Seven Things You Should Know About the National Debt

from the introduction:

There are seven key points about the national debt, budget and trade
 deficits, and the dollar, that the public needs to understand in 
order to be well-informed and prepared to choose among various policy
options:
1) The national debt is not literally a generational transfer. This 
is easy to see because everyone who holds the debt (government bonds)
 today will eventually be dead, leaving the possession of the bonds 
to their children and grandchildren. In other words, the interest on 
the debt will be paid from some members of future generations to 
other members of future generations. (We will deal with issues 
created by foreign ownership below.) The debt can involve a 
generational transfer only insofar as it slows the economy’s growth, 
so that it produces less in the future.
2) The high dollar (not the budget deficit) is what causes the trade
deficit and therefore leads the United States to borrow from 
foreigners. No one buys foreign made goods at Wal-Mart because the 
government is running a budget deficit. They buy foreign made goods 
because a high dollar has made foreign goods cheaper than comparable 
U.S.-made goods. The high dollar also makes U.S. exports more 
expensive for people living in other countries.
3) A large trade deficit requires that we either have a very large 
budget deficit or extremely low private savings or some combination. 
This is an accounting identity. If we are borrowers internationally 
then we must have very low domestic savings. And we are borrowers 
internationally because we have an over-valued dollar. In other 
words, the high dollar requires us to either have large budget 
deficits or to have low private savings.
4) The stock and housing bubbles led to an enormous reduction in 
private saving through the wealth effect. Research shows that $100 in 
additional stock wealth will lead to $3 to $4 of additional 
consumption, meaning that saving drops by this amount. The housing 
wealth effect is estimated to be $5 to $7 of additional consumption 
for every $100 of housing wealth. This means that a $10 trillion 
stock bubble would be expected to reduce annual saving by $300 
billion to $400 billion. An $8 trillion housing bubble would be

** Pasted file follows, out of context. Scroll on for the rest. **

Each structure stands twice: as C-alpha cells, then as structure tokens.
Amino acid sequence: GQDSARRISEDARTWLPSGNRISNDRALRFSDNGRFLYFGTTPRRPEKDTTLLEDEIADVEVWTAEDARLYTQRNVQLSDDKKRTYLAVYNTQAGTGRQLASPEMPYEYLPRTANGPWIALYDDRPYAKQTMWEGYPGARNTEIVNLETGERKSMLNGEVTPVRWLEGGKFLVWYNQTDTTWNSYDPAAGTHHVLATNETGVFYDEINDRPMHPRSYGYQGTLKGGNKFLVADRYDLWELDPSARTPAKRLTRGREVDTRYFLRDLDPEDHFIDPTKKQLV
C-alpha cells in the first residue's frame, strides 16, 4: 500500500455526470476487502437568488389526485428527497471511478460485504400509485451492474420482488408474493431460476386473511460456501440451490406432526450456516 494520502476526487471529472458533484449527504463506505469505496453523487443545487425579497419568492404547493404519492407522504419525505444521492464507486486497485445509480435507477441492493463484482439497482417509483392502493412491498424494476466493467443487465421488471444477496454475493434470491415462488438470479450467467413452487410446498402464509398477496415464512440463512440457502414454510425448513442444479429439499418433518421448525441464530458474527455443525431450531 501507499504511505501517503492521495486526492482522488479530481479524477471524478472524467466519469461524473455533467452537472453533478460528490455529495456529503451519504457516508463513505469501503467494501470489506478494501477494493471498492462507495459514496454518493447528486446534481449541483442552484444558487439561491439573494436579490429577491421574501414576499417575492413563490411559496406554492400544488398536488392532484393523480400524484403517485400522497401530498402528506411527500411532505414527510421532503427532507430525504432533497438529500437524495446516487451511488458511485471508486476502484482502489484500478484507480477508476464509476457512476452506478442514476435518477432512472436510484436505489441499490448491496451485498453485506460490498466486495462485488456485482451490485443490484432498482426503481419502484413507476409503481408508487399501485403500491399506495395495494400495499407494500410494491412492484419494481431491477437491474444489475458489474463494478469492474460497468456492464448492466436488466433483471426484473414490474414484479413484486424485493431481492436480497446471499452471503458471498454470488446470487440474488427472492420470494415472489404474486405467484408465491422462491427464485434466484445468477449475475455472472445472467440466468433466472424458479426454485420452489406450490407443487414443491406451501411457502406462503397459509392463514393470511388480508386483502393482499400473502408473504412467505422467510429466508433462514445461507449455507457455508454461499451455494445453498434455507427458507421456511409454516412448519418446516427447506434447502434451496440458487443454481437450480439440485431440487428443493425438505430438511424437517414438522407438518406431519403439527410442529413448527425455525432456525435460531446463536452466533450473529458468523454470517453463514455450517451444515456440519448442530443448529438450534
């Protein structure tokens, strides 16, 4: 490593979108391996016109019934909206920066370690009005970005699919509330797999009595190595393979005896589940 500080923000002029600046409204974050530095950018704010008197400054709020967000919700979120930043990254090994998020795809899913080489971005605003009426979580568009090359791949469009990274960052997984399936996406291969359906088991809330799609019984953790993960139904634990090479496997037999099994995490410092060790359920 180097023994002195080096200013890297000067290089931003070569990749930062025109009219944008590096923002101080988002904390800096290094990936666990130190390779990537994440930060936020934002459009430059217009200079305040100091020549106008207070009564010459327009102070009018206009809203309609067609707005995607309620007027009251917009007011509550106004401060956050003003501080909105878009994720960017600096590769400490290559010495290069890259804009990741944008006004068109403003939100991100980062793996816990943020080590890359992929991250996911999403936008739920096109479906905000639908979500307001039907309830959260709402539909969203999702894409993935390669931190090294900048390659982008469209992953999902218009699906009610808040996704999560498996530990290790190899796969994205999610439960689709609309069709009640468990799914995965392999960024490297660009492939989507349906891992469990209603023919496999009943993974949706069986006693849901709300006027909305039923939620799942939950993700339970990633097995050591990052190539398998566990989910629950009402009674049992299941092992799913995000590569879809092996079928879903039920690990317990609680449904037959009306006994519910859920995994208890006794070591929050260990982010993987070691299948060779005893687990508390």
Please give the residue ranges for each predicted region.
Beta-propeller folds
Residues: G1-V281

expected to reduce annual saving by between $400 billion and $560 
billion. These bubbles have been the main cause of the low savings 
rate in the United States over the last 15 years. 
5)  During times of economic  weakness (like  now), deficit spending 
actually helps the economy to  grow. In such times deficit spending 
is also likely to increase  investment. In this case, deficit 
spending makes our children and grandchildren richer than if we did 
not have deficit spending.  
6) High and rising private sector health care costs in the United 
States are responsible for the bulk of the federal budget deficit 
problem. (Government health care programs like Medicare and Medicaid 
pay for health care provided by the private sector.) If health care 
costs are not contained, then the economy will be  devastated  
regardless  of  what  we  do with the federal budget. If they are 
contained, then there is no budget problem. 
7)  Social Security has a dedicated stream of financing that keeps 
it fully funded until 2036 according to the most recent projections. 
Given this stream of funding, it would be no more justifiable to cut 
back benefits in the near future than to default on the federal debt.
"
whole:
http://www.cepr.net/documents/publications/debt-2011-06.pdf

Summary:
http://www.truth-out.org/7-things-you-should-know-about-national-debt/1308252343
Advertisements

Leave a Reply

Fill in your details below or click an icon to log in:

WordPress.com Logo

You are commenting using your WordPress.com account. Log Out / Change )

Twitter picture

You are commenting using your Twitter account. Log Out / Change )

Facebook photo

You are commenting using your Facebook account. Log Out / Change )

Google+ photo

You are commenting using your Google+ account. Log Out / Change )

Connecting to %s